So my big moment a couple of weeks ago was a review in Die Welt, one of Germany’s four national newspapers. A friend kindly translated it for me.
Two viruses on the loose in Africa’s sick-house
Charlotte Otter wields an angry pen as she paints a portrait of South African society. It’s a violent society, infected by the viruses of crime and AIDS, fractured by ethnicities, cultures and social difference.
South African journalist Charlotte Otter lives in Germany and tells the tale of Maggie Cloete, also a journalist, who is trapped in the chaos of South Africa’s violent society.
While desperately asking ourselves why some of the most peaceful European regions – those which enjoy some of the lowest crime rates worldwide – produce most of the bloodiest crime novels, we stumbled upon a theory, which we decided to adopt and spread here.
This theory claims that it is especially those who are spoiled by external peace – authors and reader alike – that are in need of fictional murder. They need it, if you wish, as anathema, as a protective spell, so that crime does enter their boring, peaceful reality.
This is a charming theory, which we can discard without any regret. The fictional murder business is booming, qualitatively and quantitatively, and it’s booming in one of the world’s most torn and violent societies: South Africa.
Better than any documentary: South African crime fiction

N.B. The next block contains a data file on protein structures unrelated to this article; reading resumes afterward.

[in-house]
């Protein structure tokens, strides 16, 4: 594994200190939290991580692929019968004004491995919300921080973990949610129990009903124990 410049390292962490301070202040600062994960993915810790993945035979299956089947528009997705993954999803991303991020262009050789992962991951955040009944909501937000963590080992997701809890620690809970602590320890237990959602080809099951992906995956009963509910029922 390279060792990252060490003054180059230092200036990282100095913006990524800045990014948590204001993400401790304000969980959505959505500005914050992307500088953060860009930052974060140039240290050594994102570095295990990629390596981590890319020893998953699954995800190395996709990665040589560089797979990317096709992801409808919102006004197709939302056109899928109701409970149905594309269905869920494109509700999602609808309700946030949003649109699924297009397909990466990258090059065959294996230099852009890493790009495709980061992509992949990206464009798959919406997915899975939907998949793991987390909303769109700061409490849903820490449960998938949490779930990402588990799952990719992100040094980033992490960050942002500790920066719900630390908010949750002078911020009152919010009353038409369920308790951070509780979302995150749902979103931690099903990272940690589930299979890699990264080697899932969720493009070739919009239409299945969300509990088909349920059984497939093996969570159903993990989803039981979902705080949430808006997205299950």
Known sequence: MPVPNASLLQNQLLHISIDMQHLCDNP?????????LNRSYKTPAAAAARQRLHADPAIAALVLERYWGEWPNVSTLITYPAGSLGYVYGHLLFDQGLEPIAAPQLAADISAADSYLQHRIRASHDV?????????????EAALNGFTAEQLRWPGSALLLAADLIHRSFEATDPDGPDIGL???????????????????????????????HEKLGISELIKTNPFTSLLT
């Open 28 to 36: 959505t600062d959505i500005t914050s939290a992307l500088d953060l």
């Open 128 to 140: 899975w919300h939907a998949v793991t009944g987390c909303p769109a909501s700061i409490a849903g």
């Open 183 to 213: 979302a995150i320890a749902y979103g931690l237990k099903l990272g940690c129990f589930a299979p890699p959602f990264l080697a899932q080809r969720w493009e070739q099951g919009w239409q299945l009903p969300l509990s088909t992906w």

Generally, this fiction is extremely hard to digest; without ornament, full of clashing sentences and concepts, as bloody as the country itself. These are stories that echo deeply in the place they are set, in the post-apartheid land of an only superficially appeased community.
As a result, we find novels that tell you more about South Africa than all the reporting on the 2010 World Cup combined.
They tell you about degeneration, the clash between social strata, and do so till the former townships stand in flames again. These are stories about conflicts between races, between the healthy ones and those who are eaten alive by disease; conflicts between golf players and trash collectors.
Charlotte Otter is in good company
Deon Meyer writes these stories, and Roger Smith. So does Charlotte Otter.
One has to explain Charlotte Otter first. She worked as a crime reporter and learned her writing in South Africa. Then, she moved to this completely different place, Germany, and took her husband and child with her.
Otter – we imagine her in her mid-forties – lives in Heidelberg. Rumor has it, that she is also somehow involved in IT.
Balthasar’s Gift is her debut novel. And it fulfills all necessary requirements for a socially relevant crime novel – and this according to textbook. Pietermaritzburg has found its place on the map of crime.
Pietermaritzburg lies in the KwaZulu-Natal province. It is populated by 200 000 souls, surrounded by lovely nature and beautiful parks, and finally, characterized by the extreme gap between the ridiculously rich and the bitterly poor, between the healthy and the soon-to-be dead AIDS patients. There are more ethnicities here than the German Bundesliga has clubs.